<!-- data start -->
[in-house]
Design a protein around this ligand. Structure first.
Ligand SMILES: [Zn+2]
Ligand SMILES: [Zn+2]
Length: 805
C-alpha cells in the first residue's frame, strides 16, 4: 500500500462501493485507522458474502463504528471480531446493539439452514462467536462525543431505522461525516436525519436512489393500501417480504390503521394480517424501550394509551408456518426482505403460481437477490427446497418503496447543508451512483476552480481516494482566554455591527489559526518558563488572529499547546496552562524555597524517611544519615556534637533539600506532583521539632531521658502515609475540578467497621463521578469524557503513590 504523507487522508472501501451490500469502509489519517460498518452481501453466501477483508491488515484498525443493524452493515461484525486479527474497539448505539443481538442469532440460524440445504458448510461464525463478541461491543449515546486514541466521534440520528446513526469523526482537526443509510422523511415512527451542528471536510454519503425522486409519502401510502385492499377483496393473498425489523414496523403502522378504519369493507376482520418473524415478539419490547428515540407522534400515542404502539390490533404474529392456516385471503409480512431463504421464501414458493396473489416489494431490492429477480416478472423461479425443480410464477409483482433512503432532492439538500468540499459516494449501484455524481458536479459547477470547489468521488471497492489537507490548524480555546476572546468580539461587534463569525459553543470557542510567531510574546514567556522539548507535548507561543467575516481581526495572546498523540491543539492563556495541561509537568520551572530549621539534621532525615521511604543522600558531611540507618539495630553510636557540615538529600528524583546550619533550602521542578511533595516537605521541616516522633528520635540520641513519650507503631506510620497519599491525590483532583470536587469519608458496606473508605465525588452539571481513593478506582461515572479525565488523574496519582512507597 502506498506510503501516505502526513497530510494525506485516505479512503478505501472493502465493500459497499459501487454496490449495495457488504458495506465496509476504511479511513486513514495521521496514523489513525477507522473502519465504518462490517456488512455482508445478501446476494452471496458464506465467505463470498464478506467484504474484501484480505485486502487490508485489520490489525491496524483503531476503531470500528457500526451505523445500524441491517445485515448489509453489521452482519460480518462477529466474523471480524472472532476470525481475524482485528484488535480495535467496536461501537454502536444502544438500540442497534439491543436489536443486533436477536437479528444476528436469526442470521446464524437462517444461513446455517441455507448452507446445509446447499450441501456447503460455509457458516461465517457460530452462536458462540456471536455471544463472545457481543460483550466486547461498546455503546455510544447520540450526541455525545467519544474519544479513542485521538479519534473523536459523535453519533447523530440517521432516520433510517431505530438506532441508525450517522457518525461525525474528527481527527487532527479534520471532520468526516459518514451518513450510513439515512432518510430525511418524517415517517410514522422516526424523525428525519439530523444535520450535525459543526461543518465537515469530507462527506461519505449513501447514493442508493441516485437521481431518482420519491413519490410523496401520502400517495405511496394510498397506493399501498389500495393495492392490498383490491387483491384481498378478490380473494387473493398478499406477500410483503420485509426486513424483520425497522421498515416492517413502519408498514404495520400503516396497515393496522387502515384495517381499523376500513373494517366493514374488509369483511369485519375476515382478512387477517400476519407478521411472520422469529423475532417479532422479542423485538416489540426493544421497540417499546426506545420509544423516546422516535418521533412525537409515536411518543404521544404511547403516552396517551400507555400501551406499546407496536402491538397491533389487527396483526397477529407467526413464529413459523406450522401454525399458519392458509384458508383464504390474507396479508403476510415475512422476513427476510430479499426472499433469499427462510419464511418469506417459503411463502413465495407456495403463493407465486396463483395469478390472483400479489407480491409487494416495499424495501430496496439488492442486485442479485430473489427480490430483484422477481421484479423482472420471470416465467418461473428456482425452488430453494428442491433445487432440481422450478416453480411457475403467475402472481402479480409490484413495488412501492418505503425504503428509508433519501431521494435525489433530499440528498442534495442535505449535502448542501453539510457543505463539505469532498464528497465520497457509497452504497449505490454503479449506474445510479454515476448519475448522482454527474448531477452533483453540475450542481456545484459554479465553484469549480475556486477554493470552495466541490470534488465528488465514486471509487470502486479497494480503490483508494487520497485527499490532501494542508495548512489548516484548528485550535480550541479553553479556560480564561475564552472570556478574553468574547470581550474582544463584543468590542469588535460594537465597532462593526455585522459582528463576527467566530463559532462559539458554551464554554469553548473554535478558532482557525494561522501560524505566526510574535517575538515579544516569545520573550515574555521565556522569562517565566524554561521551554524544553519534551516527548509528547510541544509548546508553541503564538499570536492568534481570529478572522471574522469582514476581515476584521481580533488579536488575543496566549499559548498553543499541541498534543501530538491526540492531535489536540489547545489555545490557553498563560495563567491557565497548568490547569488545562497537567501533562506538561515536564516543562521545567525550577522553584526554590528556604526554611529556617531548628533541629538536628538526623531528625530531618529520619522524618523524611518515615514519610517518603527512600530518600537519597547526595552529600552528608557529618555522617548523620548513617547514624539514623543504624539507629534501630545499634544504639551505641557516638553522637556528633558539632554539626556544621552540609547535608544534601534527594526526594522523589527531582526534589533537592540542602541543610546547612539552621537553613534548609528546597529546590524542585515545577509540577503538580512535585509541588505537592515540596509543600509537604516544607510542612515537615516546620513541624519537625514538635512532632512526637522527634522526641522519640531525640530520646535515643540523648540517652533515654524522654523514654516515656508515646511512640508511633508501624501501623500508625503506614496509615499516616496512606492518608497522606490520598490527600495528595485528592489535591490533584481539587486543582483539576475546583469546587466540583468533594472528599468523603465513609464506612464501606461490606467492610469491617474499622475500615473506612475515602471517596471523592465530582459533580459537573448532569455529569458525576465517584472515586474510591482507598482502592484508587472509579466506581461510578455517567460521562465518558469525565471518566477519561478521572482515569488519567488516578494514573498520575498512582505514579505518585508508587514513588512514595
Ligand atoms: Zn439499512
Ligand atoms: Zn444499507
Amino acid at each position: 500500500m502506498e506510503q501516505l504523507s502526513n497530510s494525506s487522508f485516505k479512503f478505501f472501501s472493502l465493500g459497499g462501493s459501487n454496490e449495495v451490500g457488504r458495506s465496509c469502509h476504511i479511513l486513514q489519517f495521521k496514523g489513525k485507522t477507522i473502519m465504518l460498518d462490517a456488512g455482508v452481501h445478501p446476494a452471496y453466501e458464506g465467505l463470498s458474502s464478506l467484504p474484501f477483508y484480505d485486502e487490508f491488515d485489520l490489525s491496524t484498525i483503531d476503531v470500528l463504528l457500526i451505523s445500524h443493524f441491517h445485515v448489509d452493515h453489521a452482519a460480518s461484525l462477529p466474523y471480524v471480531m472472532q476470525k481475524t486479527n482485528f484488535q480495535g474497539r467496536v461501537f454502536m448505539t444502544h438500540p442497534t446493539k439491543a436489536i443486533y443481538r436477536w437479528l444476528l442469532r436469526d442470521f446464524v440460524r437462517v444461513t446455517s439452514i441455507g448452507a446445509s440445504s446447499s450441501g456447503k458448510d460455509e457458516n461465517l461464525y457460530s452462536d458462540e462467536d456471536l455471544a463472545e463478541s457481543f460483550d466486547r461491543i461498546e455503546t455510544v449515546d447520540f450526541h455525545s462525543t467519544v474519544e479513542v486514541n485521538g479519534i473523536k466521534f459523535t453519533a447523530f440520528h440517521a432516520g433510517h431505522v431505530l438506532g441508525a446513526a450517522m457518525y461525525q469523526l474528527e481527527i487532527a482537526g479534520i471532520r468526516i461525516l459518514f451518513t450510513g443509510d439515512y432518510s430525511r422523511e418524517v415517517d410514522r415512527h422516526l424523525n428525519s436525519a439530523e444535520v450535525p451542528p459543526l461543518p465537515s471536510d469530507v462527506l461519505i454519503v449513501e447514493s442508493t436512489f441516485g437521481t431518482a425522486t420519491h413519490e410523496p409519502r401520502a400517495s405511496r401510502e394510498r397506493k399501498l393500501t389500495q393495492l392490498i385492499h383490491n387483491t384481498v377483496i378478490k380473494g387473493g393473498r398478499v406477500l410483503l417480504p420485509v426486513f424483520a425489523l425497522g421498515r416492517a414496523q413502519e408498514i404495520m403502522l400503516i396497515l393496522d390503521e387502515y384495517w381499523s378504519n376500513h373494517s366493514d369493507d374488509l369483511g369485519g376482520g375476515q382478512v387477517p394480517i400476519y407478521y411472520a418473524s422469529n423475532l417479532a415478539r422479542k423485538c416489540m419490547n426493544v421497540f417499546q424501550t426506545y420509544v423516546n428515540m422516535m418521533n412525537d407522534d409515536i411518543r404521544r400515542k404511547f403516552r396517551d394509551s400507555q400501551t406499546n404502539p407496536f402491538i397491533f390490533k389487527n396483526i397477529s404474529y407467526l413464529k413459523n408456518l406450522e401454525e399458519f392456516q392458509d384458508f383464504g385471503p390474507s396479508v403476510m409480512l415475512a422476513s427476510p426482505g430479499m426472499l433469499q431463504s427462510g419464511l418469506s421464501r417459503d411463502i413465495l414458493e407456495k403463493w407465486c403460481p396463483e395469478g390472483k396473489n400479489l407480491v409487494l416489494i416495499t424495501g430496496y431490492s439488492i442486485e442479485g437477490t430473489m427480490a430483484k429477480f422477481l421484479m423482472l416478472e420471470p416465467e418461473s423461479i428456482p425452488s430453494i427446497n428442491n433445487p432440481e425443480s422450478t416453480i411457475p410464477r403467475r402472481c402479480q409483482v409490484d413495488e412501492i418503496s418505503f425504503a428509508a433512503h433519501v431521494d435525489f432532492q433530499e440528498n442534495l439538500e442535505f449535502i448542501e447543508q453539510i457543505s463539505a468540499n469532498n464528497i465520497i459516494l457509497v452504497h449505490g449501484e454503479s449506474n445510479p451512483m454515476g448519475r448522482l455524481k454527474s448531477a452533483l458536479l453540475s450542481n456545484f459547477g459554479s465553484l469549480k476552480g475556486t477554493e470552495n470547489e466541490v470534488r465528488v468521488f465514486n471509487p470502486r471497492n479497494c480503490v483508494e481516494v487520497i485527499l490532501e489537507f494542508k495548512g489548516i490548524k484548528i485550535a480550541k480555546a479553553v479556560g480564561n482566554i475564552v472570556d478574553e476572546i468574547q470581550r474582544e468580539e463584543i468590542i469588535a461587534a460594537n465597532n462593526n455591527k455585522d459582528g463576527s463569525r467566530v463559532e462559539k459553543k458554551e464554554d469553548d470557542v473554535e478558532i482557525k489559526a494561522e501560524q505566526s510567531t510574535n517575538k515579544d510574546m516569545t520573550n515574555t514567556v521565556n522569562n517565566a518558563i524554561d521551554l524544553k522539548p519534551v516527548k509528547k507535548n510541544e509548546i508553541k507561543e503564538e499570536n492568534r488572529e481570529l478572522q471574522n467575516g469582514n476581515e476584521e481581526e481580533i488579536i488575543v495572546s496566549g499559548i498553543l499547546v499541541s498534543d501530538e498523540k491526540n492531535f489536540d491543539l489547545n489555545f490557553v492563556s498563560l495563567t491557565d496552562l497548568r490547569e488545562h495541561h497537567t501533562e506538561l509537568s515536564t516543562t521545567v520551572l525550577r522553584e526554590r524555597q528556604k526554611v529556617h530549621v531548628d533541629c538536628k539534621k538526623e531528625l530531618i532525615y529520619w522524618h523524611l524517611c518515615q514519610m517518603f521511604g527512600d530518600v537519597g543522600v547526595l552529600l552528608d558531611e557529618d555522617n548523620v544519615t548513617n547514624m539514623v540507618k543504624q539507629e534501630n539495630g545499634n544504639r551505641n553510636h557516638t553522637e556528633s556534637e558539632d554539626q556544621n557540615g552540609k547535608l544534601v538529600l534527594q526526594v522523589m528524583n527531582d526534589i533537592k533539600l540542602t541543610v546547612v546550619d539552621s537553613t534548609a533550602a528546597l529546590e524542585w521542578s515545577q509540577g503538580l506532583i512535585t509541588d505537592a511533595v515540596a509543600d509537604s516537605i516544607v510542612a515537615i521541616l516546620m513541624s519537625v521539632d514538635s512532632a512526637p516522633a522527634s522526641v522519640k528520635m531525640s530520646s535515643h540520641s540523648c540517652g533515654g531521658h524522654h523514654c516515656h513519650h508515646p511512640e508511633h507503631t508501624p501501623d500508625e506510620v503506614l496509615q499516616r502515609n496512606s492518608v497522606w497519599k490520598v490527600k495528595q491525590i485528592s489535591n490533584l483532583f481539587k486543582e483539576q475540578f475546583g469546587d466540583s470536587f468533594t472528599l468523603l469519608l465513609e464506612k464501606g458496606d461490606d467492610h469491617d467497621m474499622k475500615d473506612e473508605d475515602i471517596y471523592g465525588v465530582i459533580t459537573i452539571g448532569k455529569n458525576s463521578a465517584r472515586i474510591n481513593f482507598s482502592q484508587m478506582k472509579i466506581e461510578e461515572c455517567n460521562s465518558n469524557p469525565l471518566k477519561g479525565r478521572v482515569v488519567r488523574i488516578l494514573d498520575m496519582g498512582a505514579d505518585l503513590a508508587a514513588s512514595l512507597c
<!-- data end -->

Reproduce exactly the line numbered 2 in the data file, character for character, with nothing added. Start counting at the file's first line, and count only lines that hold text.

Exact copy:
Design a protein around this ligand. Structure first.